Things are starting to perk up for tanker owners, both in the “dirty”, as well as in the “clean” tanker segment. In its latest weekly report, shipbroker Charles R. Weber reiterated this, by noting that “MR owners with tonnage in the Atlantic basin continue to reel from a substantial loss of demand in the USG market over the past two months since Hurricane Harvey hit the region, trimming refinery utilization rates and reducing product export demand. EIA data shows that PADD3 refinery utilization rates dropped in September to a low weekly average of 60.7%, which was the lowest level since late‐2008. The associated implications of such low utilization on domestic commercial inventory levels, combined with infrastructure issues at key terminals saw the pace of regional MR chartering demand drop to its lowest level since 2013 on both a weekly and four‐ week moving average basis. At the time of such low exports in 2013, refinery expansions – including Motiva’s substantial expansion of its Port Arthur, TX, plant had yet to turn the USG in the substantial product export region that it has since become”, said the shipbroker.

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According to CR Weber, “indeed, the world fleet of MRs has grown by 29% since the start of 2013, making the impact of a substantial loss of USG product exports on rates and earnings plainly apparent. Fortunately, for MR owners, the factors gripping rates in recent weeks are far from structural‐and, in‐fact, may be constructive for rate progression in both the near‐ and intermediate‐terms. A key issue behind the fall in rates and earnings observed since 1Q16 has been that demand was adversely affective by an overbuilding of inventories during 2015 after oil prices collapsed and refining margins improved on lower crude input costs. Product demand levels, however, failed to grow at the same rate as refinery output, resulting in overbuild inventories, which by 2Q16 limited arbitrage trades and saw US product exports become increasingly short‐haul as destinations in Latin America absorbed the excess export supply. Two months of low utilization rates in the USG area, however, may well have done much to help rebalance inventories throughout the Atlantic basin, implying that as US product exports rebound, the MR trades they support could be more meaningful for rate progression”.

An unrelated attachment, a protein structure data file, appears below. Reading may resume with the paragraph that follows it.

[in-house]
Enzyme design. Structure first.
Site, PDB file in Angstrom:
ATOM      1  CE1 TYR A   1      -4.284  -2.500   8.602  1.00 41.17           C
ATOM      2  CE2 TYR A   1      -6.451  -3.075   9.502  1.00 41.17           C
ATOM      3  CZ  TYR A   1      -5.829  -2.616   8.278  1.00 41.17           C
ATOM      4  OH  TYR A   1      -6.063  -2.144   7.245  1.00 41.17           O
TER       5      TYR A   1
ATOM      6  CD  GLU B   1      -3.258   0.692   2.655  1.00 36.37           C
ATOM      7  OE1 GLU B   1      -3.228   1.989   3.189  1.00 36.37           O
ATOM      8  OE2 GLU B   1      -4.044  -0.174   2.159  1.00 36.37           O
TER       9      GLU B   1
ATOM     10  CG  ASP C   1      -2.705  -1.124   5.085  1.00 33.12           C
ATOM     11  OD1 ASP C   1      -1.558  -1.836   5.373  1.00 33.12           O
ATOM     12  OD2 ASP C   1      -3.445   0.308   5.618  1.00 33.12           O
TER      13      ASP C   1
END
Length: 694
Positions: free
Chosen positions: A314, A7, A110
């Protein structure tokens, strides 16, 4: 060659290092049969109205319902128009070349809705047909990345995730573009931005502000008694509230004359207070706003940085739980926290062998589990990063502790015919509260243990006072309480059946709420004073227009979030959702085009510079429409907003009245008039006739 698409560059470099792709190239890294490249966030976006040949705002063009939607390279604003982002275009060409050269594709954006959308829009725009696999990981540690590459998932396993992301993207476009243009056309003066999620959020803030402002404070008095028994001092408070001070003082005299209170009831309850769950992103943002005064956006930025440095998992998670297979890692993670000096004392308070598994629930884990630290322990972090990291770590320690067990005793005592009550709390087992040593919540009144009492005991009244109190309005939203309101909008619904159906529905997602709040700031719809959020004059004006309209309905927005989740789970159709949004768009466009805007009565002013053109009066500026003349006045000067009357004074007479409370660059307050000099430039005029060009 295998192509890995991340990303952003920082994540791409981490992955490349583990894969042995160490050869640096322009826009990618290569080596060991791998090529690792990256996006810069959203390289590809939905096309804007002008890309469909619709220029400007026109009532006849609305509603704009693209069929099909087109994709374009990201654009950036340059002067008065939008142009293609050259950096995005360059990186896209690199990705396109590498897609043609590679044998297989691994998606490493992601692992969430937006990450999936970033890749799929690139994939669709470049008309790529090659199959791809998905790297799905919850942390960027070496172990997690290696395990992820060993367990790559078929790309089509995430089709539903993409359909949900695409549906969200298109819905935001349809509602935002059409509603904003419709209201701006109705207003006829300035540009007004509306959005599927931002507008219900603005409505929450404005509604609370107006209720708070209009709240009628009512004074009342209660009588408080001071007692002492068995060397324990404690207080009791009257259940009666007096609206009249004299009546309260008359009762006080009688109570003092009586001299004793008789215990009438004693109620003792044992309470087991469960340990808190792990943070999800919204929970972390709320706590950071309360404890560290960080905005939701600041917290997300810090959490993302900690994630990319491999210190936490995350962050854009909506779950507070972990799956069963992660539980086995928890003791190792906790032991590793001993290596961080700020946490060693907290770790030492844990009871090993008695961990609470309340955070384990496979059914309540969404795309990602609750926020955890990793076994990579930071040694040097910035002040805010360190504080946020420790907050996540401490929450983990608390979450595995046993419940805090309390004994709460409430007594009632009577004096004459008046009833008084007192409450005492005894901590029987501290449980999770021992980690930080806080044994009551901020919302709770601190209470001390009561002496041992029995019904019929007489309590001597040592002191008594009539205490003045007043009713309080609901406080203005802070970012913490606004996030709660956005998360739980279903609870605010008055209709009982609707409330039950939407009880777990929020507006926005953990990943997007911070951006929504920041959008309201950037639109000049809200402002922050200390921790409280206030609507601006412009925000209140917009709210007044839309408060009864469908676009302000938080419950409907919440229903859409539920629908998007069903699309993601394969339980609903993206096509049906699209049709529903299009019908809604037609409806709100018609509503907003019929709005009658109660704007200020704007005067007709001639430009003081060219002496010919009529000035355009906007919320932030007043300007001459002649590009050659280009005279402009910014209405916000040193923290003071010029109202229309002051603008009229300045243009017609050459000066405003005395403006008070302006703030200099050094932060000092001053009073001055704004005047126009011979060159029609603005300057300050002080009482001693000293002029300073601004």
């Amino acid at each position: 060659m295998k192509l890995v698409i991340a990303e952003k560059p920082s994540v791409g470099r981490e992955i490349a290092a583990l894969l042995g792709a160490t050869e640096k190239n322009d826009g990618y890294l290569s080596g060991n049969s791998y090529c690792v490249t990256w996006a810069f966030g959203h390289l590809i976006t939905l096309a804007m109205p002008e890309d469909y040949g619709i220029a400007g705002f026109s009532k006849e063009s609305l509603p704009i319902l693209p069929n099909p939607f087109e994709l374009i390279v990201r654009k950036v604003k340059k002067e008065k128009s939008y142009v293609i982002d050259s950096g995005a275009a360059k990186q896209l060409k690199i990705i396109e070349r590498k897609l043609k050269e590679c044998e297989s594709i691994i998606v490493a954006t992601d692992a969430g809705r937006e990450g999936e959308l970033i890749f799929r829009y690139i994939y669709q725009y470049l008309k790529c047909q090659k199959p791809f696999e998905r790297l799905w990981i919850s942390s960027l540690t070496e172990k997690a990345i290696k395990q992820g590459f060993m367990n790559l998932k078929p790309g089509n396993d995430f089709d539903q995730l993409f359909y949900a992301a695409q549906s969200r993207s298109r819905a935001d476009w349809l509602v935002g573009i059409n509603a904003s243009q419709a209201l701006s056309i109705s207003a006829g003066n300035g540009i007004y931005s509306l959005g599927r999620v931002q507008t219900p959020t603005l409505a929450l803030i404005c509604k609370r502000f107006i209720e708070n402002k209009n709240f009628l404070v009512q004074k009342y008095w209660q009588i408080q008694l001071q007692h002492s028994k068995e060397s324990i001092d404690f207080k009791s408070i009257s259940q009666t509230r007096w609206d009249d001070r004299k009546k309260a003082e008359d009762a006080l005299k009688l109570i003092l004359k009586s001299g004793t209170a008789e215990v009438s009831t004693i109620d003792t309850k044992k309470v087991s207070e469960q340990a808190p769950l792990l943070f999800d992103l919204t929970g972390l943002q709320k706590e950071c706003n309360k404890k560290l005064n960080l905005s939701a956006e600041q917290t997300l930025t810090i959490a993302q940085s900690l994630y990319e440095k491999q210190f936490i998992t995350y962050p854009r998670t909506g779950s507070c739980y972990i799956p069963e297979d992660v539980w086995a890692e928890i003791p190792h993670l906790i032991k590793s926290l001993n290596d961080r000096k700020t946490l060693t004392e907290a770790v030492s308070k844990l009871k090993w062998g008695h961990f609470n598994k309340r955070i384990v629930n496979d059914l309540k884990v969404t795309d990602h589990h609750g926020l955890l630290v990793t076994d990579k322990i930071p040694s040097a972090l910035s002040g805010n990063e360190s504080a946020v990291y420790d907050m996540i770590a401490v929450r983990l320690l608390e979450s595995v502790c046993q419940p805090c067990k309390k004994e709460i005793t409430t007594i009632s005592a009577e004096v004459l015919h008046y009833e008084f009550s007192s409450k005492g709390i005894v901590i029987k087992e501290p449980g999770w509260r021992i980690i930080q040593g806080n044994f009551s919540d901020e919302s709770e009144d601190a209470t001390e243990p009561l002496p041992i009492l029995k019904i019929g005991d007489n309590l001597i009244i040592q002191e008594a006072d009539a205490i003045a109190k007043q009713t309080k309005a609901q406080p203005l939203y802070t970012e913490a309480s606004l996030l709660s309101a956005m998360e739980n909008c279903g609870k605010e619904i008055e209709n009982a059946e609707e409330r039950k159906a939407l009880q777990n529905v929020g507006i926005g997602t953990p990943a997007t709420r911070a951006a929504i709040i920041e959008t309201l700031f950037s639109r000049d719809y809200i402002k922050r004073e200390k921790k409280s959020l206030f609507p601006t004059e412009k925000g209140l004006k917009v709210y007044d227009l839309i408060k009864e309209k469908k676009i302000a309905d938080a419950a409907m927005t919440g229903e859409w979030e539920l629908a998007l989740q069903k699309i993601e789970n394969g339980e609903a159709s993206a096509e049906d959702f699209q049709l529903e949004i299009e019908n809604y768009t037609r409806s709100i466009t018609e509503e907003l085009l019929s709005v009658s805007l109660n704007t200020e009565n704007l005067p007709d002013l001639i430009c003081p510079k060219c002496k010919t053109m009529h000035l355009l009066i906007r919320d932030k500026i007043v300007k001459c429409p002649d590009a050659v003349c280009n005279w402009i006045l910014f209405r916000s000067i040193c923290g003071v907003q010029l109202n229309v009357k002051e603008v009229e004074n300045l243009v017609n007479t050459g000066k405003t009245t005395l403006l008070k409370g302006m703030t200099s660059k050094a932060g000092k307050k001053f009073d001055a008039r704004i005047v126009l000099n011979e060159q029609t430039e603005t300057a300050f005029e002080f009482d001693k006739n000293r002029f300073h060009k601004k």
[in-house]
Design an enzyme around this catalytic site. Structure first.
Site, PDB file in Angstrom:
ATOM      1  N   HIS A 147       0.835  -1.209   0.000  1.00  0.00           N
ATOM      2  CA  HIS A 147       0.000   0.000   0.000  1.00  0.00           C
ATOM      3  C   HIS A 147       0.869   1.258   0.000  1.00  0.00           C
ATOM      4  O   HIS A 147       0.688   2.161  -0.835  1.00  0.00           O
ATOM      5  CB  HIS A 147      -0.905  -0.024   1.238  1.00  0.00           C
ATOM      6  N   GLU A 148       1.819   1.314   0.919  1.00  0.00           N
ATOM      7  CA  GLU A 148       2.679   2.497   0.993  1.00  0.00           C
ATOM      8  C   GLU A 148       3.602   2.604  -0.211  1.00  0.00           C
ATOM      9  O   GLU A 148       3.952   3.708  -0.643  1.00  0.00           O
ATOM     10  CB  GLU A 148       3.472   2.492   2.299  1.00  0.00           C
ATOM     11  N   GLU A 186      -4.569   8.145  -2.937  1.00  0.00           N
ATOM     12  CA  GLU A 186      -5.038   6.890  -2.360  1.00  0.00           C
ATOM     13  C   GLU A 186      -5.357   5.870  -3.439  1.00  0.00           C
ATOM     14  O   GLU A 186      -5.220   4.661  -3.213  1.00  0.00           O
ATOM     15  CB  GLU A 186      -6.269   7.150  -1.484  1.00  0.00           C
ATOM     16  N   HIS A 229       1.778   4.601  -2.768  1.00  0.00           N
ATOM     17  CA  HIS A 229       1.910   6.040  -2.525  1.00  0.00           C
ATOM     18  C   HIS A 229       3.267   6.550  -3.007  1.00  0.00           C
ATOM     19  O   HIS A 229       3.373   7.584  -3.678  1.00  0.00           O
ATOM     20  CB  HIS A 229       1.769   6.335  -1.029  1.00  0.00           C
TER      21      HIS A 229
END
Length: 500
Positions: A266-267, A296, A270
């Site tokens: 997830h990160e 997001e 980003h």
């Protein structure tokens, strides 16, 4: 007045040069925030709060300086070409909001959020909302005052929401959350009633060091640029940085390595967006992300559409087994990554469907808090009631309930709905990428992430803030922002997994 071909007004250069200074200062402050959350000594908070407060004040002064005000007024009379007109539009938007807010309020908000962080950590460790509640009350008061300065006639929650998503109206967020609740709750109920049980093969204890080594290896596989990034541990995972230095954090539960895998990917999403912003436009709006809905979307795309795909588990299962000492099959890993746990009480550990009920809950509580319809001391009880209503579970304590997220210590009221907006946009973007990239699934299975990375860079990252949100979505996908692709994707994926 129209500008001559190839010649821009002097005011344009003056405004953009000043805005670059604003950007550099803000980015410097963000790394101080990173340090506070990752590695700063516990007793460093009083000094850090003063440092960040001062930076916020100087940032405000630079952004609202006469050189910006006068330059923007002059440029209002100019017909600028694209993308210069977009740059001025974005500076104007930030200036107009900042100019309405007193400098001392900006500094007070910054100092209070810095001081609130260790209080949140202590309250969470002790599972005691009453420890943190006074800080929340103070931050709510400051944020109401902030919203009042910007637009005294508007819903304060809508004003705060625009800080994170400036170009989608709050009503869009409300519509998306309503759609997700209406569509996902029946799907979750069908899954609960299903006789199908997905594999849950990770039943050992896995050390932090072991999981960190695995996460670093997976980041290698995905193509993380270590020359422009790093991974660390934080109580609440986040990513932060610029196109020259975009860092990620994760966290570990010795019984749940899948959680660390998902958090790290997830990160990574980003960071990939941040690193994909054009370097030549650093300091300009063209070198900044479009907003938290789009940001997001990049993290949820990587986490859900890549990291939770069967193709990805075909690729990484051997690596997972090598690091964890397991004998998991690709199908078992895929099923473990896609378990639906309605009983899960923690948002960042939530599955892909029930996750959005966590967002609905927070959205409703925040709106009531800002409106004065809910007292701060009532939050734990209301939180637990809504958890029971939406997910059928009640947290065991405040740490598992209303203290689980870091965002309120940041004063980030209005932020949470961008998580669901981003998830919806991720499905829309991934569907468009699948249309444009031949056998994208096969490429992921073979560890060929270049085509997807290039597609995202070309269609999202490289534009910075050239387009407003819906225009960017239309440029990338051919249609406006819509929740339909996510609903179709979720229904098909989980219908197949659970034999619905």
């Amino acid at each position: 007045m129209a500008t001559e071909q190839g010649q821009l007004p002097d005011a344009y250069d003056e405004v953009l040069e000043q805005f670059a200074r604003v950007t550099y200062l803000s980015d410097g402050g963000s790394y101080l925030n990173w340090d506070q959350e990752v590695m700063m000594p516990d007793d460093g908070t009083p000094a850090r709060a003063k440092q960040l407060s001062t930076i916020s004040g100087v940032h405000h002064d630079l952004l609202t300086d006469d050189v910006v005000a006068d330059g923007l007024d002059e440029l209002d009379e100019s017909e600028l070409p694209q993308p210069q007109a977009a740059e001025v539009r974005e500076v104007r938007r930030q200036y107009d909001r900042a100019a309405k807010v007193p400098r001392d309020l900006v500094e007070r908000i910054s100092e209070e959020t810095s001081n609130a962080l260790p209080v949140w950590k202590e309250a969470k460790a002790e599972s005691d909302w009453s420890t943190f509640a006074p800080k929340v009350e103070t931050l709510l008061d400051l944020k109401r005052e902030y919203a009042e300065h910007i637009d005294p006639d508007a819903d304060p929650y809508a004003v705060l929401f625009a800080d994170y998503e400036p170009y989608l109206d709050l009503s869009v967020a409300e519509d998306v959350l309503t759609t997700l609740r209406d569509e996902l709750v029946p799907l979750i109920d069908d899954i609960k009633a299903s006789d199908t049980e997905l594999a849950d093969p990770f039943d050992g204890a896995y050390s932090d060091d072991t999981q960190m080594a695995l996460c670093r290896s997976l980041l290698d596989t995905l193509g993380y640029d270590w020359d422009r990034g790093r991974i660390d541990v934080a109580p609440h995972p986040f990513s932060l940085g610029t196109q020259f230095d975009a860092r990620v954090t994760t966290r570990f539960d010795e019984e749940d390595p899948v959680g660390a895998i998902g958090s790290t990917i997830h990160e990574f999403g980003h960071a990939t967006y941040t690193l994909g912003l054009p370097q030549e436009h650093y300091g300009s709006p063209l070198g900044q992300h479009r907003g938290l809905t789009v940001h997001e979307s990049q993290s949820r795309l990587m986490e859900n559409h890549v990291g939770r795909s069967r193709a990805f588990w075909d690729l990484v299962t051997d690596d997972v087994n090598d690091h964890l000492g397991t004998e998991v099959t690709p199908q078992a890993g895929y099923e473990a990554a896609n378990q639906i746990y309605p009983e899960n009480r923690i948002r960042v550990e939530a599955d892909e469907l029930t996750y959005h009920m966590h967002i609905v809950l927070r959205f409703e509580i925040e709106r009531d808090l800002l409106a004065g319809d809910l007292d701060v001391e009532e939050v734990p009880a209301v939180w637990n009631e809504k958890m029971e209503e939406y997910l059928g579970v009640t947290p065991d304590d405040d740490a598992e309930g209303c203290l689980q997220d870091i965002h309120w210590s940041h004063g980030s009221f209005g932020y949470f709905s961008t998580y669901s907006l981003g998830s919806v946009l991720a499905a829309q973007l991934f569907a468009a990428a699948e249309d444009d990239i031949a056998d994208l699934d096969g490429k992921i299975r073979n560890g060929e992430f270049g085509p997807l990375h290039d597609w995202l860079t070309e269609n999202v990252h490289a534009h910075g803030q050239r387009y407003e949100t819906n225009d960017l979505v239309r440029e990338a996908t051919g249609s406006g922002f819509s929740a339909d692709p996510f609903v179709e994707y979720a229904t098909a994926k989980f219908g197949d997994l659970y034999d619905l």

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It added that “EIA data shows that PADD3 refinery utilization rose last week to 90.2% ‐ a gain of 6.5 percentage points from the previous week and the highest rate since prior to Hurricane Harvey in August. As refiners continue to progress past seasonal maintenance and operational issues from Harvey, the utilization rate should remain elevated and improve further during November, helping to support product export demand. Indeed, USG export demand observed this week was at a four‐month high. Meanwhile, MR demand in the Asia market has been particularly strong and a wide earnings premium there has kept units from seeking trades into the Atlantic basin, implying that as Atlantic basin trades continue to accelerate, availability levels may prove lower than has been observed since early during 2016”, CR Weber concluded.

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Meanwhile, in the VLCC crude tanker market, CR Weber said that “rates in the VLCC market observed modest gains this week as strong demand countered negative undertones prevailing from last week’s rise in regional availability. The Middle East market observed 35 reported fixtures, representing a 75% w/w gain and the highest tally in nearly two months. The West Africa market surged to nine fixtures (including one for a part loading in South Africa) – a weekly gain of five fixtures and the most since early August. Demand in the Atlantic Americas was also stronger, rising by three fixtures w/w to a total of eight from all loading areas”, the shipbroker concluded.

Source: Hellenic Shipping News.